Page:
SUNNY SIDE UP

2016_SWALOW_PARK_19_AWP_DLTR_UKThese days few people can take advantage of ‘the great outdoors’ as often as maybe they would like to. This is typically due to commitments that result in as much 90% of their time being spent under the harsh glare of poor electric lighting. The main issue of this lifestyle is the effect on mental health and productivity. But, with summer fast approaching, there is no better time to think about the benefits of bringing good lighting to indoor spaces. So, how do we create these sufficient levels of natural light inside?

The UK currently does not have any legislation or Building Regulations to dictate healthy levels of daylighting in either commercial or residential settings. Assessing adequate levels of light, and deciding the best course of action, is a complicated task with issues such as building location, occupancy, façade orientation, and glare requiring careful consideration[1]. Nevertheless, including good levels of daylighting in our buildings is essential for the occupants’ well-being and helps to save energy by reducing the amount of artificial lighting which, in turn, will keep energy bills low. Using less electric lighting also helps to tackle climate change through the reduction of carbon emissions.

Vertical windows will generally only allow daylight to travel as far as 6 m inside so, for large buildings such as distribution warehouses, rooflights are the only practical way to introduce natural light into the building. Products selected for the task must meet the required target emission rates (TER) as set out in Part L2A, whilst maintaining ambient indoor environmental quality. The Notional Building specification offers a basic route to compliance, and states that a U-value of 1.8 W/m2.K is required for rooflights in a toplit building with a 15% framing factor, and 1.6 W/m2.K for windows in a side lit building with a 10% framing factor.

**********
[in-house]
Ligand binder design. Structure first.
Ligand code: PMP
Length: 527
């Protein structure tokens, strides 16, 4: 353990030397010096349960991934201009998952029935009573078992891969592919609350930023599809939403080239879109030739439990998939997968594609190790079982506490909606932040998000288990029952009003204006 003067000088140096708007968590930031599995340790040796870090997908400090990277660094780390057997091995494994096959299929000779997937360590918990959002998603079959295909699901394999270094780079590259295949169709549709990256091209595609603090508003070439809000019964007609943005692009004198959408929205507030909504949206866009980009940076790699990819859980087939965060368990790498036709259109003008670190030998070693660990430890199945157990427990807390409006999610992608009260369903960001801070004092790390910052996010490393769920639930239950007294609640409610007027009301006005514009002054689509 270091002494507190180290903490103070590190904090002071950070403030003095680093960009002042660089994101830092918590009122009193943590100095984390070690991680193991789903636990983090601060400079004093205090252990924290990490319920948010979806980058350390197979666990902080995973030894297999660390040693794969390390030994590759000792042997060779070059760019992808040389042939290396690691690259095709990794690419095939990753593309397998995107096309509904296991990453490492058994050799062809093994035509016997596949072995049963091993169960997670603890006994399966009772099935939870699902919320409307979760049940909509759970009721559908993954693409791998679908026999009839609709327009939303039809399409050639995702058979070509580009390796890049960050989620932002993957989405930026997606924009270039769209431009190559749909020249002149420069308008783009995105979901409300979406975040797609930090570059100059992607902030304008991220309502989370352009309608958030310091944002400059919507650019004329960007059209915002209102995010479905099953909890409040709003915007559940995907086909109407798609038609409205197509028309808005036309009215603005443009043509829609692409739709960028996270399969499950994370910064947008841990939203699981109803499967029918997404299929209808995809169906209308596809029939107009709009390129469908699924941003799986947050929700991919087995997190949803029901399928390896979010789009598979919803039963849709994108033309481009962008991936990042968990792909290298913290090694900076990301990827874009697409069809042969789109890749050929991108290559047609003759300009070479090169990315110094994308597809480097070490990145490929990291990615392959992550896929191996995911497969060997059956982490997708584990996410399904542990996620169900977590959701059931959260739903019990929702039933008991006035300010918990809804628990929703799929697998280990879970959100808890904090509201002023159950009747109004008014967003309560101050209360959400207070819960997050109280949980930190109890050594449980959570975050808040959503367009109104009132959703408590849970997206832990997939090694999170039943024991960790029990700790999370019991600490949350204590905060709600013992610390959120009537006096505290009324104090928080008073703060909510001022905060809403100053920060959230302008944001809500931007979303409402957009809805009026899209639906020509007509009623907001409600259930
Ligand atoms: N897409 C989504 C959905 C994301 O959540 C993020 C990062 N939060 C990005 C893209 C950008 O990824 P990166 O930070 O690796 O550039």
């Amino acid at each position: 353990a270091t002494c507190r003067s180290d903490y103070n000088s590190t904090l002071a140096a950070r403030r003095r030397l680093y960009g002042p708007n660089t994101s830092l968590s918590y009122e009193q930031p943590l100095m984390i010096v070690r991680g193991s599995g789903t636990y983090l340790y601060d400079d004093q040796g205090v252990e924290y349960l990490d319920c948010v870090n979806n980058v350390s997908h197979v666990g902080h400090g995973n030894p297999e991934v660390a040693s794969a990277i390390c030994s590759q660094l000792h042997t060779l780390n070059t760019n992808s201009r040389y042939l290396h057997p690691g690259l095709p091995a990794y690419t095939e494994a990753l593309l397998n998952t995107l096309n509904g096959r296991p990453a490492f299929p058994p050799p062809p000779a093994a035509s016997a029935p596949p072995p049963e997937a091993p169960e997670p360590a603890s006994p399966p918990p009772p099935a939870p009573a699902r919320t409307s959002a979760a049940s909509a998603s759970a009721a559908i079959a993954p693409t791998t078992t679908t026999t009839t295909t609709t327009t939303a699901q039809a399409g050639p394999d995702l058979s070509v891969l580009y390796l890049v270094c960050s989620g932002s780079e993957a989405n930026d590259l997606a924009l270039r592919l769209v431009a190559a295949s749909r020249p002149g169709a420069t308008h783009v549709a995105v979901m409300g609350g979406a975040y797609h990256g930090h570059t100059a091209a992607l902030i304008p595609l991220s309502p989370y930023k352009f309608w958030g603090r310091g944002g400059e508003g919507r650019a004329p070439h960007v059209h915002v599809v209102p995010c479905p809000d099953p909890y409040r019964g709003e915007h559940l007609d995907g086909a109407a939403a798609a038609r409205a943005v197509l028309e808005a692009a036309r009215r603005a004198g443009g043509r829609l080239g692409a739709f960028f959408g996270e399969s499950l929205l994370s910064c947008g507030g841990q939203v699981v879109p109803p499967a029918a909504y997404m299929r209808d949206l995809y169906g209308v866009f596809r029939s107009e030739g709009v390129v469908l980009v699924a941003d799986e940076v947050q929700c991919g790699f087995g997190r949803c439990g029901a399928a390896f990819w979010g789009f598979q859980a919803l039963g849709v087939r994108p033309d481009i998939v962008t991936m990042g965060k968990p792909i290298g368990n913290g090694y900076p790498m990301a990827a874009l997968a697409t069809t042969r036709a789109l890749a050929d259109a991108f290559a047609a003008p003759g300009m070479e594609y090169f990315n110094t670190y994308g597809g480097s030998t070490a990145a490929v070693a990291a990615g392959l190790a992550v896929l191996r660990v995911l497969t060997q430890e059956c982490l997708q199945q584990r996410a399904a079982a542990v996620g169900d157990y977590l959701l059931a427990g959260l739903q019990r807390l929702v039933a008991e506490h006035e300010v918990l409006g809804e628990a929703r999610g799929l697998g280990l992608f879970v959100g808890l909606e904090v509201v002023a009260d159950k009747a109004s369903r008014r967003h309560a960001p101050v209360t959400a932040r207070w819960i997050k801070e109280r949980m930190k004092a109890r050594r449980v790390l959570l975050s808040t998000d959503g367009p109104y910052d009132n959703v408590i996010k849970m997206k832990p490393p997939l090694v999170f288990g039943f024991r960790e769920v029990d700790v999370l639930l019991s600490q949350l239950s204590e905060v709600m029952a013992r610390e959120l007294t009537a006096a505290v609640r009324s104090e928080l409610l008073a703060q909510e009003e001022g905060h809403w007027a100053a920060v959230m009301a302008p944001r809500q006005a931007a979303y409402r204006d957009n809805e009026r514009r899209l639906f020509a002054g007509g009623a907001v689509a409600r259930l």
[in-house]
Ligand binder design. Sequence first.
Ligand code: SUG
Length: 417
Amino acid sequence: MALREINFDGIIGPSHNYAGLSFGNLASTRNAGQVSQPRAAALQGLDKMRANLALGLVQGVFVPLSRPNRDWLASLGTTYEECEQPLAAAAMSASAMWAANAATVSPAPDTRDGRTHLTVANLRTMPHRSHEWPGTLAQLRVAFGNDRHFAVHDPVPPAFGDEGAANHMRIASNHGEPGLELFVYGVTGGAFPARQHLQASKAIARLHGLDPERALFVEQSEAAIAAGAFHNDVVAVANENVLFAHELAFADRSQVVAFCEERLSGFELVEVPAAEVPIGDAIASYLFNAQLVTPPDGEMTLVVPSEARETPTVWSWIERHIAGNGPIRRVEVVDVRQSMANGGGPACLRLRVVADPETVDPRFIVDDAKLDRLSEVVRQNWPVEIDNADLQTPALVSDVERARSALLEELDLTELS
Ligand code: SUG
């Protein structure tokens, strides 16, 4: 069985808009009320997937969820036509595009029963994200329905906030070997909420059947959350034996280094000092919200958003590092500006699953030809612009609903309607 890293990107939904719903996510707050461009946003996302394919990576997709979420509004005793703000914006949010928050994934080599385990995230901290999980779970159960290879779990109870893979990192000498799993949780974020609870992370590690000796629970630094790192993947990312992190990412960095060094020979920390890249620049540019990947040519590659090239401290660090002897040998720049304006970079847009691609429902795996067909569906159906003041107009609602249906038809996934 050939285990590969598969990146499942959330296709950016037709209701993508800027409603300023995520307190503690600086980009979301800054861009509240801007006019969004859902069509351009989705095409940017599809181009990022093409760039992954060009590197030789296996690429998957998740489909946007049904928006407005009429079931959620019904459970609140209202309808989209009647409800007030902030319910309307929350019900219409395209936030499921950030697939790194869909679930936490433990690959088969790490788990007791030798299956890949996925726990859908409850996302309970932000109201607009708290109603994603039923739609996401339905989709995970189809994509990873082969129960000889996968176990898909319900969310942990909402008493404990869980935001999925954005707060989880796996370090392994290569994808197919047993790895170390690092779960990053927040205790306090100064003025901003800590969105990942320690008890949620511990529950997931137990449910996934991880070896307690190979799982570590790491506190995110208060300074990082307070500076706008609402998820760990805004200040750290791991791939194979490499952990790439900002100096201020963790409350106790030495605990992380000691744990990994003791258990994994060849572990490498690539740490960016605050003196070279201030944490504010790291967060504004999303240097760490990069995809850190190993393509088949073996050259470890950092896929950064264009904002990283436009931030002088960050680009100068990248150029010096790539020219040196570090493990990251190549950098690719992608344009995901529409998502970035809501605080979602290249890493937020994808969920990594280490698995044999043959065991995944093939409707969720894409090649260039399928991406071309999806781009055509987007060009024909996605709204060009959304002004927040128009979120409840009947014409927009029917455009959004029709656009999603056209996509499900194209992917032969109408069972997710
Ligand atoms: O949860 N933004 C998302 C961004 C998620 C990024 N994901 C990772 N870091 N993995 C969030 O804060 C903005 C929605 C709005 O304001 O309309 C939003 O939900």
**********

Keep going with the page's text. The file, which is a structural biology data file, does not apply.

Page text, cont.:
Some polycarbonate rooflight products are now capable of achieving U-values as low as 0.8 W/m2.K, and 1.3 W/m2.K as commonplace – well within the regulatory requirement. The material also helps to limit solar gain, making it possible to maximise the benefits of natural light without affecting the overall energy efficiency of the building.

Fully integrated roofing systems are now available on the market, making it not only easier for the roofing contractor to install, but also helping to ensure that the performance meets the design. Whether installed as part of a roof refurbishment, or as a new building design, rooflights provide opportunities for both cost and energy savings, making them a great solution for letting in more light.

[1] https://www.designingbuildings.co.uk/wiki/The_daylight_factor#Legislative_requirements_ensuring_adequate_daylight_provision_in_new_buildings

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